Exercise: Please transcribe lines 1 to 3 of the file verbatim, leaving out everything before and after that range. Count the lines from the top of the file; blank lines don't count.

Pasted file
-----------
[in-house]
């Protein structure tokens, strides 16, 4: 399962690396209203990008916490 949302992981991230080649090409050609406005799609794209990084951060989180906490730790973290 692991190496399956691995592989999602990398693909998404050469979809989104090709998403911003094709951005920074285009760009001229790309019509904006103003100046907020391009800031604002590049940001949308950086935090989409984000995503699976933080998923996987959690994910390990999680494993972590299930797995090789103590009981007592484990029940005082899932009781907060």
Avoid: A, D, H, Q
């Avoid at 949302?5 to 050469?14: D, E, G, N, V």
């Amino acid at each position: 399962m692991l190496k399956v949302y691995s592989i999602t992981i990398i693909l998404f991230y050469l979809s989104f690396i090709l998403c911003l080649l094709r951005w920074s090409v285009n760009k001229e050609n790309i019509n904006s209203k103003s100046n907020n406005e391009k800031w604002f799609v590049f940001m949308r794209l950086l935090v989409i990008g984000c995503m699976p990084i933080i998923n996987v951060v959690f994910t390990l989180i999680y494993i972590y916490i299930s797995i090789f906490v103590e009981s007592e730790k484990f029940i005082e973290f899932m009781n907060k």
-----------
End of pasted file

[in-house]
């Protein structure tokens, strides 16, 4: 399962690396209203990008916490 949302992981991230080649090409050609406005799609794209990084951060989180906490730790973290 692991190496399956691995592989999602990398693909998404050469979809989104090709998403911003094709951005920074285009760009001229790309019509904006103003100046907020391009800031604002590049940001949308950086935090989409984000995503699976933080998923996987959690994910390990999680494993972590299930797995090789103590009981007592484990029940005082899932009781907060």
Avoid: A, D, H, Q